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South Korea 2012


Yu Ha

Song Kang-ho
Lee Na-yeong
Jang In-ho
Jo Young-jin
Jin Jeong
Jeong In-gi
Lee Min-ho
Lee Sung-min
Nam Bo-ra
Sin Jeong-geun

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Story: A strange case is keeping Seoul's police busy. A man burnt up in his car and there are also some bite marks of a dog or a wolf on the victim. At first detective Sang-gil (Song Kang-ho) isn't interested in the case at all since he believes that this is a simple suicide. He is even more annoyed by the fact that he gets a new female partner. Eun-young (Lee Na-yeong) has to struggle standing her ground in her profession dominated by men anyway but to make matters worse Sang-gil is very traditional and thinks that a woman's place is at home in the kitchen. When another dead body turns up that shows the same bite marks as the first victim it seems to be clear that they have to deal with a serial killer. Sang-gil was passed over during the last promotion and so he keeps his investigation progress a secret from his team in order to solve the case alone in the end and finally get his well-deversed promotion. But even with the helping hand of his new colleague the investigation starts to become bigger than what he can handle and the case attracts increasing attention.

Review: One of the most promising Korean movies of the year 2012 surely was Yu Ha's "Howling". Sadly, his thriller also proves to be one of the biggest disappointments of the year and the worst movie of the director to date. In all objectivity this doesn't really make "Howling" a bad film. But from someone like Yu Ha you should expect more than just mediocrity. The reason for this disappointment is the rather lifeless world of the thriller and two characters, who would have had the potential to be way more than what we get in the end. A movie full of good opportunities that are passed up and a shocking amount of clichés. However, the saddest misconduct of the movie is the thrilling factor that constantly decreases.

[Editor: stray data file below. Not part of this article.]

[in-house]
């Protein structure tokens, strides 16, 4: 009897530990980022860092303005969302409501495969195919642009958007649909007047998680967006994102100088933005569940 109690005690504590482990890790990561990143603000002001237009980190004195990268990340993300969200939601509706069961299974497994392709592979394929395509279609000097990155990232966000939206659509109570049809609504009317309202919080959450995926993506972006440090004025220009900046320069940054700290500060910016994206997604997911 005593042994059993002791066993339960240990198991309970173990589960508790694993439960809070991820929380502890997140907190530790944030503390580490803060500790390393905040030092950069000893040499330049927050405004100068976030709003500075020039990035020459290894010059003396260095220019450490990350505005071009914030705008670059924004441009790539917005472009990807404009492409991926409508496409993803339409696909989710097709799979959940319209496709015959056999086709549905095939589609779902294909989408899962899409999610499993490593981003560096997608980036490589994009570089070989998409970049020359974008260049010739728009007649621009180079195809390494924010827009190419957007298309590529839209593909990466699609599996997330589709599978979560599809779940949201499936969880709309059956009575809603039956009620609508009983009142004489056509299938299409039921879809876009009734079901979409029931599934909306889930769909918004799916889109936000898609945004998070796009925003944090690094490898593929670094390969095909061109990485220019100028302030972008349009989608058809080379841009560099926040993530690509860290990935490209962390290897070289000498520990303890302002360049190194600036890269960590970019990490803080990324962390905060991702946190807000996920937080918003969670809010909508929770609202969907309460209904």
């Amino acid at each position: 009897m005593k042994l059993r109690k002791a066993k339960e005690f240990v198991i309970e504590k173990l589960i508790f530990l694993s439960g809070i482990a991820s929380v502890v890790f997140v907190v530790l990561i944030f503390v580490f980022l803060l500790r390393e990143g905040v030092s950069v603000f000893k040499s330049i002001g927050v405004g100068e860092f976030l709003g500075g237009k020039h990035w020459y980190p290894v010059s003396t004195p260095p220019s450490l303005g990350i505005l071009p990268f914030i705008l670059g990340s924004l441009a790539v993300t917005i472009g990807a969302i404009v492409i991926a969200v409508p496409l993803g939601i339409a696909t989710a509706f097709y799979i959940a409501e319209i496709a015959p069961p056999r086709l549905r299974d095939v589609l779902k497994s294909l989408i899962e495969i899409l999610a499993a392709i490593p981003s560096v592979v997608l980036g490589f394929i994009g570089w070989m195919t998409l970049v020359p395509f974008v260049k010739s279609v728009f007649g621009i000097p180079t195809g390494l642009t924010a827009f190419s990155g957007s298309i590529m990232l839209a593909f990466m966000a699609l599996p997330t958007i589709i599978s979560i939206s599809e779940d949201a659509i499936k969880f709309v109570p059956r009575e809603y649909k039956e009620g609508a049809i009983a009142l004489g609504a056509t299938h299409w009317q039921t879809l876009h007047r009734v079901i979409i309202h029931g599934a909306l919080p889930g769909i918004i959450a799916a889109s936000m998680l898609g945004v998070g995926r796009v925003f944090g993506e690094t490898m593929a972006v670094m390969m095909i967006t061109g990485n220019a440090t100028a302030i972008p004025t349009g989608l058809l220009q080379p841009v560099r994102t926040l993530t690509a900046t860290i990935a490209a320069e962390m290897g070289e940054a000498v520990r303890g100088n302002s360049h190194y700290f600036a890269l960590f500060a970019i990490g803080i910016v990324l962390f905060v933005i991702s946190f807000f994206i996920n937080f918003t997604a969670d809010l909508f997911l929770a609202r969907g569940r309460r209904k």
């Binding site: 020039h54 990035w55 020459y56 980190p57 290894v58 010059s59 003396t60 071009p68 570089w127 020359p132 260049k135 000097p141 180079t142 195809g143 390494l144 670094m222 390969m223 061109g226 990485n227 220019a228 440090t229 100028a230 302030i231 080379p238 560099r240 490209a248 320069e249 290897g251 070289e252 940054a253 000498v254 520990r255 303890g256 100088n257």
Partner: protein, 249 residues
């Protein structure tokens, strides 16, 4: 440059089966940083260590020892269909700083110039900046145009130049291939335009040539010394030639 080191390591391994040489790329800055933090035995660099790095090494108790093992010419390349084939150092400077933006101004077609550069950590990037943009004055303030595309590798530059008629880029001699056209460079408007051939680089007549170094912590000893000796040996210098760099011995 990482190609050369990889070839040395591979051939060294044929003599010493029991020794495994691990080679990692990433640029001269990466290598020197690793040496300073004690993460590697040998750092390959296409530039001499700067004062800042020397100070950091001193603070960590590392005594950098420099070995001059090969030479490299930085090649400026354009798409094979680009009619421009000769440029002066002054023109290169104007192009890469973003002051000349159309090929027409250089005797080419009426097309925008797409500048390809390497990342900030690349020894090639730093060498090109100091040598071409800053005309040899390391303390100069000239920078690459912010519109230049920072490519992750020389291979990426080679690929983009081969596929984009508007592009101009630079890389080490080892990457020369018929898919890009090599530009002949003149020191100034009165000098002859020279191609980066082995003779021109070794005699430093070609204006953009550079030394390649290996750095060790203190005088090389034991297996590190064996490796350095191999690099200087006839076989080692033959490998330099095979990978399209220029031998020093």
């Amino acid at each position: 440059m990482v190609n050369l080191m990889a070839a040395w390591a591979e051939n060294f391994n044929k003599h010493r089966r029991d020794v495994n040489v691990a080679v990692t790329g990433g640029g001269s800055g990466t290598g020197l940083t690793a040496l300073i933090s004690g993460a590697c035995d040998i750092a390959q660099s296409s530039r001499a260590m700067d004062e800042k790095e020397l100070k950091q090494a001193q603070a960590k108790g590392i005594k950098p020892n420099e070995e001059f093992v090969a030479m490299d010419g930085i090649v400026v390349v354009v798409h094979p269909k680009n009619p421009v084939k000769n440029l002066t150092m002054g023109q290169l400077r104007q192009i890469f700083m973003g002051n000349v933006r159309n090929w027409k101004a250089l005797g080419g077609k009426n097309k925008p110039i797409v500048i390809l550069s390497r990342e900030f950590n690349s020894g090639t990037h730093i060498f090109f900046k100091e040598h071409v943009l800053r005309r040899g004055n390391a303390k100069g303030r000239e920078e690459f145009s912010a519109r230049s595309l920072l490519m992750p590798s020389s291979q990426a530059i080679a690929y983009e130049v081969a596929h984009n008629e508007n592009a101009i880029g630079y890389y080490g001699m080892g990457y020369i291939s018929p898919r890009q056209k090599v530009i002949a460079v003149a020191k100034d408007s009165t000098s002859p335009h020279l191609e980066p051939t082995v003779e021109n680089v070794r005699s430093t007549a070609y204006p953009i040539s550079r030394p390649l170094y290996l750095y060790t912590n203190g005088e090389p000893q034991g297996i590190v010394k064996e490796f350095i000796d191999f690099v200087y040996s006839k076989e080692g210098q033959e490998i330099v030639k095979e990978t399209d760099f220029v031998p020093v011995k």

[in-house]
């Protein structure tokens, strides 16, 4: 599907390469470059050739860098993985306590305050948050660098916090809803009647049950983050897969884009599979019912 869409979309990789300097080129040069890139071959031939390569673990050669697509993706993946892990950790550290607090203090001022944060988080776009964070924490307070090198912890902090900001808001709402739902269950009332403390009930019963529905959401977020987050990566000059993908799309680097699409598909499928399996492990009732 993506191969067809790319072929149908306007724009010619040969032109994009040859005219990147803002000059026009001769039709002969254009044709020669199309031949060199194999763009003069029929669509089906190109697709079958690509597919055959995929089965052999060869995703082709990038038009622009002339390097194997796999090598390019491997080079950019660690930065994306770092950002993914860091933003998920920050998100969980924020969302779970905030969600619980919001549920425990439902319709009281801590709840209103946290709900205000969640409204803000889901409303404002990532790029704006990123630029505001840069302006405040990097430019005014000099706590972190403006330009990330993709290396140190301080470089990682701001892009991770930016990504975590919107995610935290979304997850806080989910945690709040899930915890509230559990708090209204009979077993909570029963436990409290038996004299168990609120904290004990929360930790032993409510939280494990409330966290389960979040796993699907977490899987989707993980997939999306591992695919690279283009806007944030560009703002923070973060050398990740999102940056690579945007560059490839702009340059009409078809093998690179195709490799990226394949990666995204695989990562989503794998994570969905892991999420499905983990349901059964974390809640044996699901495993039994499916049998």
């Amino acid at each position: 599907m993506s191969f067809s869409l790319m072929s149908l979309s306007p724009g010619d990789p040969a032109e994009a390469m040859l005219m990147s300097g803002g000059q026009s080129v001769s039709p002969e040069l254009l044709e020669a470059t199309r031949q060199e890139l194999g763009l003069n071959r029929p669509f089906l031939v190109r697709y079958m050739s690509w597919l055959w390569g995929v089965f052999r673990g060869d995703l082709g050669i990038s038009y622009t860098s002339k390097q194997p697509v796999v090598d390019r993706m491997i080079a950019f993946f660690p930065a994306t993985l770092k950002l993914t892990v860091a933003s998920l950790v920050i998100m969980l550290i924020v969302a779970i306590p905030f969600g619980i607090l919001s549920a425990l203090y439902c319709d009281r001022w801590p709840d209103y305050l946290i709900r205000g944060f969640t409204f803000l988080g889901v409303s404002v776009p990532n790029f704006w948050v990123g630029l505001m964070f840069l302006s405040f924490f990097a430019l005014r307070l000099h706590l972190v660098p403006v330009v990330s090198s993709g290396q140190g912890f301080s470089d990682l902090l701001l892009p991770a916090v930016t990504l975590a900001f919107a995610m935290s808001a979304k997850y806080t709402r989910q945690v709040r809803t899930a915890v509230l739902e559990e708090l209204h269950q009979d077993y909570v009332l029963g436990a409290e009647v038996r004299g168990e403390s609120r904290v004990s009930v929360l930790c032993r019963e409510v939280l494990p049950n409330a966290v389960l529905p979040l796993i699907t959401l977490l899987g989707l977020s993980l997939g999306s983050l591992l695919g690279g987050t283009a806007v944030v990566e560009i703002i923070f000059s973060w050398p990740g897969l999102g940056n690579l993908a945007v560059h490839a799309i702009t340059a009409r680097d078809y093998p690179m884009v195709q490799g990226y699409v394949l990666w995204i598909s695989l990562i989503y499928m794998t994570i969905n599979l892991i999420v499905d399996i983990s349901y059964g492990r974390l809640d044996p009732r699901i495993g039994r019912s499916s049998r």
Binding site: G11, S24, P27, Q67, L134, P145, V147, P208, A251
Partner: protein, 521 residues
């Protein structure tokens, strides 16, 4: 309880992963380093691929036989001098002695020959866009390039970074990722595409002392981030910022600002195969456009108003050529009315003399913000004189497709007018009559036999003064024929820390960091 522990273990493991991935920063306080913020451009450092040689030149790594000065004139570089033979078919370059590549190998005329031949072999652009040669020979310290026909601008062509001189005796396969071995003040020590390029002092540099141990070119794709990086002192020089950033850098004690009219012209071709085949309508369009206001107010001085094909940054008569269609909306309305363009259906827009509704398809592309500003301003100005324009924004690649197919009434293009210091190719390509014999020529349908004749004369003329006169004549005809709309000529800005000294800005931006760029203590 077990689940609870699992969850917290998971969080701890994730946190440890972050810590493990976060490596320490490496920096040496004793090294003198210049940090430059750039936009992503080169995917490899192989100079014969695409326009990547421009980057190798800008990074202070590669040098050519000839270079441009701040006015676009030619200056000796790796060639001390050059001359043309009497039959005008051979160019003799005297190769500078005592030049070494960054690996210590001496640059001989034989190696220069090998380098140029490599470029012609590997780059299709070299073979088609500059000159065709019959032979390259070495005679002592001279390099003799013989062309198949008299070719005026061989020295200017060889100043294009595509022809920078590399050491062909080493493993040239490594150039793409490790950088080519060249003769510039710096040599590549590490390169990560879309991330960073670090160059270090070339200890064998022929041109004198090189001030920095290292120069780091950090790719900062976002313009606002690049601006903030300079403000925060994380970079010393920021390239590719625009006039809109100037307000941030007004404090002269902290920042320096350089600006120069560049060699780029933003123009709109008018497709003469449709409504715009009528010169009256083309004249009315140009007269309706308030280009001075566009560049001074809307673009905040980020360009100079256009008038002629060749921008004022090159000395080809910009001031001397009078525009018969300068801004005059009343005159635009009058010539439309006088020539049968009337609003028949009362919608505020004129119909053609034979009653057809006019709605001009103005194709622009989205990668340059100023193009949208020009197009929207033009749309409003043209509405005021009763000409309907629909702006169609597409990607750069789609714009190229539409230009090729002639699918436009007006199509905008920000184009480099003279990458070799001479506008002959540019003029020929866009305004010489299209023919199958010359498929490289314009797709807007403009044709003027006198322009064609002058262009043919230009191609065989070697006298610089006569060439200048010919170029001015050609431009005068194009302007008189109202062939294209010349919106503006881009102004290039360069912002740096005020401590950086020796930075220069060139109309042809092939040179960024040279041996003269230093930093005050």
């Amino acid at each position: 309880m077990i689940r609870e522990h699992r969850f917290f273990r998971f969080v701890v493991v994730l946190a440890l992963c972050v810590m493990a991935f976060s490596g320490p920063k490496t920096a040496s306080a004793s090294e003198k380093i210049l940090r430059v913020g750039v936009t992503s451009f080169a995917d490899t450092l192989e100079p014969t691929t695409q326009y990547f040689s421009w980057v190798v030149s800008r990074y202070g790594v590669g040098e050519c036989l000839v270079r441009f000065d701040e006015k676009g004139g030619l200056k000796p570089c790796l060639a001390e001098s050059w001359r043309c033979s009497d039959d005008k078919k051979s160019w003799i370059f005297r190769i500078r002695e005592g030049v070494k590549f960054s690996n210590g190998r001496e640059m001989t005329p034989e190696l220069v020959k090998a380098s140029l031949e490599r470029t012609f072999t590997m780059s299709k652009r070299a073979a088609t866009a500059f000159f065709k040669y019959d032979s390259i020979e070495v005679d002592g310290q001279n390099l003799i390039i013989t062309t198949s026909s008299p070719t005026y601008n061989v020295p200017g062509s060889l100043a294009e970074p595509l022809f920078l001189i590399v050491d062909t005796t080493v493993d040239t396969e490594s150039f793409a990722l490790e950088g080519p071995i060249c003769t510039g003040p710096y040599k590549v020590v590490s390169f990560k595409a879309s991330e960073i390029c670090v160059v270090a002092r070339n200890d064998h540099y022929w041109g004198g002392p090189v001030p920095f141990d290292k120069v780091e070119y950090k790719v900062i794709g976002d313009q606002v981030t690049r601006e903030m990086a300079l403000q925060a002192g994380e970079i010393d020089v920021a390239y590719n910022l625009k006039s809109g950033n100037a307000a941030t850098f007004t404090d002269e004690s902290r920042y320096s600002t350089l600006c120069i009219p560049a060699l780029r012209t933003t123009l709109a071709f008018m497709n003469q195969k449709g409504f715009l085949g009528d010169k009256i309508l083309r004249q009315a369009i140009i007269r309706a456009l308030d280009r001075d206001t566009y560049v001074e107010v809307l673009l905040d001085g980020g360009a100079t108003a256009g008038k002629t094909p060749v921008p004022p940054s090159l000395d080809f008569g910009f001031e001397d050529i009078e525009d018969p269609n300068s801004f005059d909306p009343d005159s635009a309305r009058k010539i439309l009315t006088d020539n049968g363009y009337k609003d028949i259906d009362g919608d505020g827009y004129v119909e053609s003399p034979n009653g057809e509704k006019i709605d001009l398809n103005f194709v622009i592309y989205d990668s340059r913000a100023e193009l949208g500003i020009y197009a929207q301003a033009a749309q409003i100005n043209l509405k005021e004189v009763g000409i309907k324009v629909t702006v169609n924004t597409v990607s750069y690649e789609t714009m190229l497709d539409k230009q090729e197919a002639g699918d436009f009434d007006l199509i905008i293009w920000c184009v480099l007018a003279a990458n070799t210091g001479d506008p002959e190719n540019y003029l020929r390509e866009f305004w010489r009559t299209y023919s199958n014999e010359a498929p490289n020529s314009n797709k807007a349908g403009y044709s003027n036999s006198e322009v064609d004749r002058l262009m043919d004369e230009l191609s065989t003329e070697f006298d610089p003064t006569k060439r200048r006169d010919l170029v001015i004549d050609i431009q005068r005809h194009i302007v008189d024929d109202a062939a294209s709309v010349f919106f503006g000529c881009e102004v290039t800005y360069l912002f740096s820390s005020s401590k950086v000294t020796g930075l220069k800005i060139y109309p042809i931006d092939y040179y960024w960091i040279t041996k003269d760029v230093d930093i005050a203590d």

Director Yu Ha could display a continuous improvement of quality in his films. His "A Frozen Flower" could tell an extraordinary story with great sets and good drama. With "A Dirty Carnival" he could prove that he can also deliver convincing work in the mafia/thriller genre. But "Howling", based on a Japanese novel by Asa Nonami, is sloppily written and more importantly can't draw the three-dimensional characters that we are used to see in Yu's films. Anyway, the worst thing is once again the depiction of the police. A whole team of law enforcement officials isn't capable of doing a clean raid, lets the suspect escape and even can't do anything but watch another victim biting the dust. This is really just too much.

There are many moments that make you slap your forehead. Especially when it comes to Sang-gil who is a misogynist and tells Eun-young very clearly that she has to remain within certain boundaries in this profession dominated by men and shouldn't step on anybody's toes. At the same time he forces her to keep their progress a secret from her team colleagues and superiors. Sang-gil is an odd figure anyway. Of course he eventually learns to hold his colleague in high regard and tries to stick up for her but that's just what makes his initial and very strong feeling of antipathy towards her feel very forced. Even the more when she helps him during a bust and by accident hits him with a taser. Why he complains isn't comprehensible at all as this actually wasn't her fault and without her help the suspect even would have gotten away. This kind of stuff happens a lot.

Song Kang-ho could portray better detectives before but he still has a great on-screen presence. Unfortunately, his character isn't fleshed out. He has some issues with his son, his wife left him, but just when we start to get interested in his background story it is already dropped. It's even more of a pity when it comes to Lee Na-yeong ("Maundy Thursday", "Dream") as she always remains very shallow and cold. Song and Lee could have made up for a perfect team on screen and that's just were Yu Ha gives away the biggest strength of his film. To be honest the two actors are easily replaceable by anyone and at some point you even start to like the wolfdog more than anyone of the other characters.

While at the beginning the answers in the murder case are hidden behind a thick fog and something mysterious is surrounding the case the questions more and more dissolve into names and an investigation that is only moderately thrilling. When things become more action-centered towards the end the movie's quality also continues to drop. The chasing of a wolf on the streets for hours isn't nearly as exciting as Yu Ha might have imagined it. The very heavily used soundtrack doesn't change that either. The scenes are too repetitive and have too little essence to them. At the end you have to ask yourself why the tension constantly had to drop in "Howling". As a mediocre thriller you may give this movie a chance since it is solid in technical respects, but fans of Yu Ha will be utterly disappointed.

(Author: Manfred Selzer)
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